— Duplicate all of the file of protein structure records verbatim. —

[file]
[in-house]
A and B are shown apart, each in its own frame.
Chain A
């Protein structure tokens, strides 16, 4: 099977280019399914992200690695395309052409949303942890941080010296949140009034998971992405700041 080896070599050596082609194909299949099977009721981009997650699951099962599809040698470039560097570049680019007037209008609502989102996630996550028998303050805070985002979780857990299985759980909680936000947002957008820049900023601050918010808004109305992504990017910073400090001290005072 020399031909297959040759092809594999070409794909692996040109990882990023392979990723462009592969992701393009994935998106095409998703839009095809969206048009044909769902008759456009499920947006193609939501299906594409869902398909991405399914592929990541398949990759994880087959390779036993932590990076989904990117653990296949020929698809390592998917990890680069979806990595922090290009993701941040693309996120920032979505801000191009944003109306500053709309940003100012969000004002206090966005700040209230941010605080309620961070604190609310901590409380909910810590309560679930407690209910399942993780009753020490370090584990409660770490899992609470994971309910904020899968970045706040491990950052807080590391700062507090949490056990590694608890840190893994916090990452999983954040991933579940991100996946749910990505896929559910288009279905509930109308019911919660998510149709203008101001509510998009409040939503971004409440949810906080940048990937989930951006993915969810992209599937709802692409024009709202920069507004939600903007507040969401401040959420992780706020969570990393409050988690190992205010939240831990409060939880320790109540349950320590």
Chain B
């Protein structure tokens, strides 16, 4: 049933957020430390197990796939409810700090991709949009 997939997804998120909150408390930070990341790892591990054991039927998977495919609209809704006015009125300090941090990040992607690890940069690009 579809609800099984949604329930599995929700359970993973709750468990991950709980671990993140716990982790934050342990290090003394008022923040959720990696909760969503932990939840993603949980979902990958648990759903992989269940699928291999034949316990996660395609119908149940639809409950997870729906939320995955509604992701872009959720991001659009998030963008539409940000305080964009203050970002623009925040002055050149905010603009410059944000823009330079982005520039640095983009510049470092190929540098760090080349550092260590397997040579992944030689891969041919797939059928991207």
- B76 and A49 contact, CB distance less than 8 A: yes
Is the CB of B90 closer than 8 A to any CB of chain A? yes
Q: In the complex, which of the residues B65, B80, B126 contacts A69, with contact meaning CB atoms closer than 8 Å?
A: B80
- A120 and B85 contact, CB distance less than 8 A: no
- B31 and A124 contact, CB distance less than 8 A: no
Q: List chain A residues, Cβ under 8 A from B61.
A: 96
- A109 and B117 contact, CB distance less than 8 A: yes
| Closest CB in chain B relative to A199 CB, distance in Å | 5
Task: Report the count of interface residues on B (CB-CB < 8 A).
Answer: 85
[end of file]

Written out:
[in-house]
A and B are shown apart, each in its own frame.
Chain A
């Protein structure tokens, strides 16, 4: 099977280019399914992200690695395309052409949303942890941080010296949140009034998971992405700041 080896070599050596082609194909299949099977009721981009997650699951099962599809040698470039560097570049680019007037209008609502989102996630996550028998303050805070985002979780857990299985759980909680936000947002957008820049900023601050918010808004109305992504990017910073400090001290005072 020399031909297959040759092809594999070409794909692996040109990882990023392979990723462009592969992701393009994935998106095409998703839009095809969206048009044909769902008759456009499920947006193609939501299906594409869902398909991405399914592929990541398949990759994880087959390779036993932590990076989904990117653990296949020929698809390592998917990890680069979806990595922090290009993701941040693309996120920032979505801000191009944003109306500053709309940003100012969000004002206090966005700040209230941010605080309620961070604190609310901590409380909910810590309560679930407690209910399942993780009753020490370090584990409660770490899992609470994971309910904020899968970045706040491990950052807080590391700062507090949490056990590694608890840190893994916090990452999983954040991933579940991100996946749910990505896929559910288009279905509930109308019911919660998510149709203008101001509510998009409040939503971004409440949810906080940048990937989930951006993915969810992209599937709802692409024009709202920069507004939600903007507040969401401040959420992780706020969570990393409050988690190992205010939240831990409060939880320790109540349950320590």
Chain B
């Protein structure tokens, strides 16, 4: 049933957020430390197990796939409810700090991709949009 997939997804998120909150408390930070990341790892591990054991039927998977495919609209809704006015009125300090941090990040992607690890940069690009 579809609800099984949604329930599995929700359970993973709750468990991950709980671990993140716990982790934050342990290090003394008022923040959720990696909760969503932990939840993603949980979902990958648990759903992989269940699928291999034949316990996660395609119908149940639809409950997870729906939320995955509604992701872009959720991001659009998030963008539409940000305080964009203050970002623009925040002055050149905010603009410059944000823009330079982005520039640095983009510049470092190929540098760090080349550092260590397997040579992944030689891969041919797939059928991207």
- B76 and A49 contact, CB distance less than 8 A: yes
Is the CB of B90 closer than 8 A to any CB of chain A? yes
Q: In the complex, which of the residues B65, B80, B126 contacts A69, with contact meaning CB atoms closer than 8 Å?
A: B80
- A120 and B85 contact, CB distance less than 8 A: no
- B31 and A124 contact, CB distance less than 8 A: no
Q: List chain A residues, Cβ under 8 A from B61.
A: 96
- A109 and B117 contact, CB distance less than 8 A: yes
| Closest CB in chain B relative to A199 CB, distance in Å | 5
Task: Report the count of interface residues on B (CB-CB < 8 A).
Answer: 85